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argued but little, unless to provoke her enchanting fervour of expression, to behold her in all her charms of mind and person animated by discussion. All this is true; but “ delay” was the watch-word of the genius presiding over Leonard's destiny. Miss Brenton “submitted,” without daring outwardly to ask Cui bono? What's the good of it?

6. Thanks for the relic. I'll transfer it to my lips;" and she kissed the spot which the kiss of her lover had crimsoned.

“Oh, when will you-when will you bless my heart with that Yes which will add tenfold intensity to my love? Why not now? Speak the word-in pity, speak it.”

Helen disengaged her hand, and rushed to the window, which she threw open: the cool fresh air relieved her sudden fever : the beating of her heart was lessened. Leonard gazed on the answerless maiden.

She turned, completely self-possessed ; and, with her usual animation, she exclaimed:

Well, Mr. Devigne, have you read what I appointed? Let me see, we were on Indulgences, was it not ?

“ Oh, yes, Miss Brenton, I have read it all up; quite satisfactory. I admit it; it's all perfectly correct, no doubt,” answered Leonard, smiling in his disappointment. Miss Brenton resumed her seat.

Now, let me see if you are convinced, Mr. De

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vigne. I'll be Protestant, you Catholic; in other words, I'll be you, and you me."

“ Bravo !” exclaimed Leonard, “I consent, with all my heart. Let me begin; mind you are Leonard Devigne, and you must answer exactly as Leonard Devigne would answer. Well, Mr. Devigne, will you consent to be mine?”

Oh, you are wandering from the subject in discussion. You must keep to the point, of course. Let me begin. What scripture proofs have you

for the doctrine of Indulgences ?

Oh, let me see. St. Paul's forgiveness of the the Corinthian."

Very good; any other?

“ Yes ; it's implied in the pardon to Adam, which was accompanied by temporal pains.”

Very good; what else ?" “ David, after his very mean transgression.”

Very mean? Mr. Devigne, you didn't find those words in the book, did you ?”

Oh, no; beg pardon ; David was punished by the loss of his-his-"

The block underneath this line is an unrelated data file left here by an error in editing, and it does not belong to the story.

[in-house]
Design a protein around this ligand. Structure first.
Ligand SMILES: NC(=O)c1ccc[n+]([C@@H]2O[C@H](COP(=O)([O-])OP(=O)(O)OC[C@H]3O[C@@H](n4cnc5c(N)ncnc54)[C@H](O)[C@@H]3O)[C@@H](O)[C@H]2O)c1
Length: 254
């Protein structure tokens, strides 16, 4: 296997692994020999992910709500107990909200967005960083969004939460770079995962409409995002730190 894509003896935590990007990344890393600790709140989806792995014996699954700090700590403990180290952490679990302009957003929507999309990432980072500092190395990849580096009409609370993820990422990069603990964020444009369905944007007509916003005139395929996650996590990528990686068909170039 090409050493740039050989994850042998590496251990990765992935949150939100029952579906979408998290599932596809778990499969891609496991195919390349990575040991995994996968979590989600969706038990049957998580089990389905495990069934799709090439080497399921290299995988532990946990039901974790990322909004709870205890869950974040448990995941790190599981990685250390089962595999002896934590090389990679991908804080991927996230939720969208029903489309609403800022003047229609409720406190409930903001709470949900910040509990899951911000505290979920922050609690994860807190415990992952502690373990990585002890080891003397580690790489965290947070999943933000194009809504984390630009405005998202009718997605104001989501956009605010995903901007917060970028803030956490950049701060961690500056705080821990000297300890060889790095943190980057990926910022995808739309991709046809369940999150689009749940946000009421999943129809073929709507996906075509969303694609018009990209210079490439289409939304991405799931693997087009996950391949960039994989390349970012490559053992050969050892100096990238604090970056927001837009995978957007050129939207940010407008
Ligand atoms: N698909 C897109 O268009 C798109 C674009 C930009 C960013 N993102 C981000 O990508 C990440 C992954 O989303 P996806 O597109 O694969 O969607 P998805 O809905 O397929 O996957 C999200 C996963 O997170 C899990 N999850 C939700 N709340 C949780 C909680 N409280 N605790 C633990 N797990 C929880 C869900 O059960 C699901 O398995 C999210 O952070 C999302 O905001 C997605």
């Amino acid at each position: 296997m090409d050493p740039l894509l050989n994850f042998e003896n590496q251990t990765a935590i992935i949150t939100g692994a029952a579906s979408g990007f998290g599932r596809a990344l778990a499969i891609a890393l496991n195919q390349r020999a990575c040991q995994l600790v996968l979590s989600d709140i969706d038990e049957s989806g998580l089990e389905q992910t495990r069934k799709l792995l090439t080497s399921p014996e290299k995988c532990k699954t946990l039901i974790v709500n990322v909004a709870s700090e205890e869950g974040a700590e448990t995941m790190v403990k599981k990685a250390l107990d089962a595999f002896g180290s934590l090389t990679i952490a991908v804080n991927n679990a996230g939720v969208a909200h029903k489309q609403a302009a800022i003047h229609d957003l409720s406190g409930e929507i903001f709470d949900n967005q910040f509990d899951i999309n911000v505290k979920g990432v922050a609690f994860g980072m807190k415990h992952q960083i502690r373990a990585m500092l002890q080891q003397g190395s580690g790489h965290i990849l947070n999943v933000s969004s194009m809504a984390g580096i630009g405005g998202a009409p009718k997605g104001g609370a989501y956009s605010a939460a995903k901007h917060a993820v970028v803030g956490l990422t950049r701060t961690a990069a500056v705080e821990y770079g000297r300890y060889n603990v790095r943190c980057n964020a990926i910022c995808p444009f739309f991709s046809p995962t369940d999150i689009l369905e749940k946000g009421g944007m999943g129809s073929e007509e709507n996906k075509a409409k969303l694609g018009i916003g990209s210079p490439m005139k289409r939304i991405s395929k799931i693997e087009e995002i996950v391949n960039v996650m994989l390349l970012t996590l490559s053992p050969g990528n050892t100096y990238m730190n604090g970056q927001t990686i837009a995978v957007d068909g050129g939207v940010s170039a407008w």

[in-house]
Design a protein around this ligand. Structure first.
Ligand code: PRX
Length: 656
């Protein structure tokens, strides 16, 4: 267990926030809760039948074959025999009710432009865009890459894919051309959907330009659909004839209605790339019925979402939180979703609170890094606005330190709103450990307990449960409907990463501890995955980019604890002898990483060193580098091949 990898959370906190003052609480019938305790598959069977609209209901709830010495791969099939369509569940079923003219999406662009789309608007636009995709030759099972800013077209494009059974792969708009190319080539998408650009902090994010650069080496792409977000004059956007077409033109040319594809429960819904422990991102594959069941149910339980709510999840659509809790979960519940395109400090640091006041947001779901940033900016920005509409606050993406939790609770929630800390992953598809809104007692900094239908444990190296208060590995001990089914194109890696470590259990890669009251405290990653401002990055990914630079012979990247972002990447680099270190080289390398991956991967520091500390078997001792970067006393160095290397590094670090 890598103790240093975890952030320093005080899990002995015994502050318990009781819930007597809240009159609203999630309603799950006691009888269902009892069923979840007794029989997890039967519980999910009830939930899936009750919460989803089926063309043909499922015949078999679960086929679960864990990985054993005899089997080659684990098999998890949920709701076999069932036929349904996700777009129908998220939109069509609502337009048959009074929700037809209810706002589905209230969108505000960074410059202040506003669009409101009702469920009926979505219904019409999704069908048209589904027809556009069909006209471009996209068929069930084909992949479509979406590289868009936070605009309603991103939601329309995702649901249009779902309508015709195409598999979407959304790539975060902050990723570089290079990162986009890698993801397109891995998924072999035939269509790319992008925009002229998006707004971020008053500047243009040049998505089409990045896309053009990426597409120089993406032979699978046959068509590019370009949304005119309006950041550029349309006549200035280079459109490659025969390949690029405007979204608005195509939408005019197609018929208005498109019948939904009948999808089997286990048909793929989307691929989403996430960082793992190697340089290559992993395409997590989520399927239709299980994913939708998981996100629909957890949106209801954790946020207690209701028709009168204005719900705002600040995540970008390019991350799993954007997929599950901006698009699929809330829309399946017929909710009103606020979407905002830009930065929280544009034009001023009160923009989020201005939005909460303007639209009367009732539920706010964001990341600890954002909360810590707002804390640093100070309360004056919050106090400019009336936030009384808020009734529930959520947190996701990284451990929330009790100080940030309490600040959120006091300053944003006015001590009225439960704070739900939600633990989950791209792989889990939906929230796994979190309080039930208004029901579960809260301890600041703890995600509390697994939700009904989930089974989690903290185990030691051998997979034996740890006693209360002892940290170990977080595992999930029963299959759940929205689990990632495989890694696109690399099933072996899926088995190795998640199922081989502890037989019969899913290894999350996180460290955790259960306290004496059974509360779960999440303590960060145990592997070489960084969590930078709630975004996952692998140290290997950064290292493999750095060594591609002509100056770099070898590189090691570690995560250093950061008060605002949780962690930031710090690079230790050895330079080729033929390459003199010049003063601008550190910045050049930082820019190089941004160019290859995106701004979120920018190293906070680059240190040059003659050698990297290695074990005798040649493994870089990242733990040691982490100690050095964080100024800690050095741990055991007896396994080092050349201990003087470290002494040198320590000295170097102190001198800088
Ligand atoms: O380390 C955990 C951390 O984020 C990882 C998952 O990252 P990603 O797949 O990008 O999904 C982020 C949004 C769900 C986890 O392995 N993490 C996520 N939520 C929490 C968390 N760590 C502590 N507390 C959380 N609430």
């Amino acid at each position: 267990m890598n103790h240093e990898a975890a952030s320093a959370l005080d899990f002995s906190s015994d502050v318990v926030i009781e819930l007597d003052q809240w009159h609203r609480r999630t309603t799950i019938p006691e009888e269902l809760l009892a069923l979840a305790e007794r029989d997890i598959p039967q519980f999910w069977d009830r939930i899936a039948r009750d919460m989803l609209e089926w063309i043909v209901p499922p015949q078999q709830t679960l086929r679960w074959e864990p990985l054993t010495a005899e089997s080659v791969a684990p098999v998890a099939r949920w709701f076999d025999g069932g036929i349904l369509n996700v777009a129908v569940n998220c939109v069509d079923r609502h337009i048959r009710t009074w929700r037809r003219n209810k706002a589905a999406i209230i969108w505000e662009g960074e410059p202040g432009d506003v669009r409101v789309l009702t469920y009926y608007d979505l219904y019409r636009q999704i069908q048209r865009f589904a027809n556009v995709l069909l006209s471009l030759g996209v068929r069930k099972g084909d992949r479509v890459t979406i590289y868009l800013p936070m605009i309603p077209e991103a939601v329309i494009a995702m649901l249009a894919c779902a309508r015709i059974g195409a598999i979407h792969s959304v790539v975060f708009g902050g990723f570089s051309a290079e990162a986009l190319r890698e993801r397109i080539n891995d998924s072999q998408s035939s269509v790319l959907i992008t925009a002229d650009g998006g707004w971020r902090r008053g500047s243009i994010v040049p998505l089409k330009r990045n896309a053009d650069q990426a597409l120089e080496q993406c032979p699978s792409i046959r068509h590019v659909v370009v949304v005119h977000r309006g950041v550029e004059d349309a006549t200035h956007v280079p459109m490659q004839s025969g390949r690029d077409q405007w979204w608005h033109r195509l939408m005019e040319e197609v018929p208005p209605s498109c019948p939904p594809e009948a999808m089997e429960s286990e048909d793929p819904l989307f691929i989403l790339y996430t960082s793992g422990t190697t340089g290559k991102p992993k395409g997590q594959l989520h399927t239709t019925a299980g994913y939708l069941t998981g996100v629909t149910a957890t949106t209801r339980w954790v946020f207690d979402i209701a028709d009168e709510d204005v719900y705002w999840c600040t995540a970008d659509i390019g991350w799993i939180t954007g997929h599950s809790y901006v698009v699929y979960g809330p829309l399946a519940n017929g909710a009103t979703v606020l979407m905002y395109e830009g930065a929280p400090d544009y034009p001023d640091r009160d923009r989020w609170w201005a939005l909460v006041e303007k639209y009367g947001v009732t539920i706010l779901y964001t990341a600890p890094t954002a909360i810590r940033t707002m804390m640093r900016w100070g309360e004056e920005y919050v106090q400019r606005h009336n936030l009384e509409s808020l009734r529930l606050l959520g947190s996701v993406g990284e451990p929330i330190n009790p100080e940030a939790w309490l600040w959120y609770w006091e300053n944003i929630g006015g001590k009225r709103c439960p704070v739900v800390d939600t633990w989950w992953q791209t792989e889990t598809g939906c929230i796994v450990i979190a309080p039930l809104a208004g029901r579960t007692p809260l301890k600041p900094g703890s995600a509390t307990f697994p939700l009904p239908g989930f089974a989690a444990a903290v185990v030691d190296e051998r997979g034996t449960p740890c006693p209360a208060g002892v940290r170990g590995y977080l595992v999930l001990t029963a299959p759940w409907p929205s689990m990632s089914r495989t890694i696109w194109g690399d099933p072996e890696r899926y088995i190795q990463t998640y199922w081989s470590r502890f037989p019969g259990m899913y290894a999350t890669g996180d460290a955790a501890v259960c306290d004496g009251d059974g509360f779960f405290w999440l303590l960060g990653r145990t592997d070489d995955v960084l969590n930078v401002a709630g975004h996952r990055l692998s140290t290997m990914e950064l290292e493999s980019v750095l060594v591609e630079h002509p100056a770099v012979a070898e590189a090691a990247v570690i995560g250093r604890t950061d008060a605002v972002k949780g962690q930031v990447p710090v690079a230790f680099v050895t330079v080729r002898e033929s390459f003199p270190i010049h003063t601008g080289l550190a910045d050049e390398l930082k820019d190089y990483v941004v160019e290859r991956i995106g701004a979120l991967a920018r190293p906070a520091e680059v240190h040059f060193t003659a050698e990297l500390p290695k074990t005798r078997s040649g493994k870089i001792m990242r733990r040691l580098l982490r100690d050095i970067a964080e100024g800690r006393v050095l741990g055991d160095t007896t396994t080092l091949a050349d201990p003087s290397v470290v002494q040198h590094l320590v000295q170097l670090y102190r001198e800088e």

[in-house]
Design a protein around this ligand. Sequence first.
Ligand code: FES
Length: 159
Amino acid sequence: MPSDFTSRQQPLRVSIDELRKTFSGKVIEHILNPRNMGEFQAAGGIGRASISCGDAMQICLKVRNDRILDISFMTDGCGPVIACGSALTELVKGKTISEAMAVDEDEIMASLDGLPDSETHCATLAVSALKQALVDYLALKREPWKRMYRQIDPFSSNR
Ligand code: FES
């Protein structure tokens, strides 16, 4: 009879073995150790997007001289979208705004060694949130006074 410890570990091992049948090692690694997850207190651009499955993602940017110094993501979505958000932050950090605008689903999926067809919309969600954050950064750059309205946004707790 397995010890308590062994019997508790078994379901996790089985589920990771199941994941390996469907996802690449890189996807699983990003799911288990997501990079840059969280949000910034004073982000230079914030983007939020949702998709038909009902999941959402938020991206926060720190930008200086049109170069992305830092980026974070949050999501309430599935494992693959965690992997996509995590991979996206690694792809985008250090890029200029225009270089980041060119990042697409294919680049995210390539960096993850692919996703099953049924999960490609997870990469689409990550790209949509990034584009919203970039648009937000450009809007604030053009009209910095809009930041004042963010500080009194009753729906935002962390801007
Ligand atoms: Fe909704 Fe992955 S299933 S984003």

“ Child; very good. But how do you deduce the doctrine of Indulgences from these texts ?”

“ How? I! Oh, let me see. Ah, yes, that's it; why, something remains after the sin is forgiven; and that is what is remitted by an · Indulgence.'

“ Very, very good indeed. How diligent you have been. We shall soon be done, and then -"

Oh, then, adored of my heart! will it be then,

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say you? Why not now? I'll subscribe to anything for you—anything to be with you, my all on earth!”

Nay, Mr. Devigne,” exclaimed Helen, with an inner struggle; “ your conversion must be from conviction, not from passion." You must chastise those ardours. Think of the sacredness of the human heart; which, after all, is due to God only. Its raptures should rise to heaven. Earth has nothing worthy of them. In its Creator alone should the heart find its centre. The love of cherubim and seraphim is to be its model. Its energies are spiritual; its fires immortal; and in the Eternal Spirit alone should it seek its bliss, its infinite consolations.”

“ Then transform me into yourself. Let my soul mingle with yours. Let me become part of that ineffable purity which you are; angel be you, and I but a feather in your wing; then fly with me to that heaven where I


you wish, as you desire, as you describe.”

« Oh !

The exclamation of her struggling heart was arrested by the sudden intrusion of Father Fraser.

“ Ah, Mr. Devigne, may I congratulate you on your late presentation ?”

“ Decidedly. I was much gratified ; thanks to

as you

your kindness."

“ His Holiness pleased you?” “ Excessively."


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“ You are not, then, disappointed by your experience of Catholicity ?

" Oh no; the more I see of it, the more I like it; my heart is open to conviction."

“ You mean your mind, Mr. Devigne.”

“ Oh, both; I like your-your-your everything. It's so warm and cheering; so full of-of-I know not how to qualify it-I am delighted, ravished; but, excuse me, my dear sir, I have an appointment. Good-morning, sir. Miss Brenton, goodmorning."

The lady went to her room-to weep.




HELEN BRENTON retired to her room, and wept. She loves.

She loves intensely; but is withheld from the confession which would gladden her heart, in gladdening that of her lover.

She may not tell: she must submit.

Father Fraser has enjoined her silence in that matter, till he thinks it expedient to give his consent.

And why must she submit? She knows not why.

Sometimes she resolves to break the command: but then, perhaps, her lover will not be “converted."

But is she so devoted a Catholic as to make that a necessary condition ? Perhaps not, if she loves intensely; and yet, perhaps, she will insist on that condition. Who can predict the feelings of woman? Who can do more than weigh them at each successive moment, asking the while, What next? What next?

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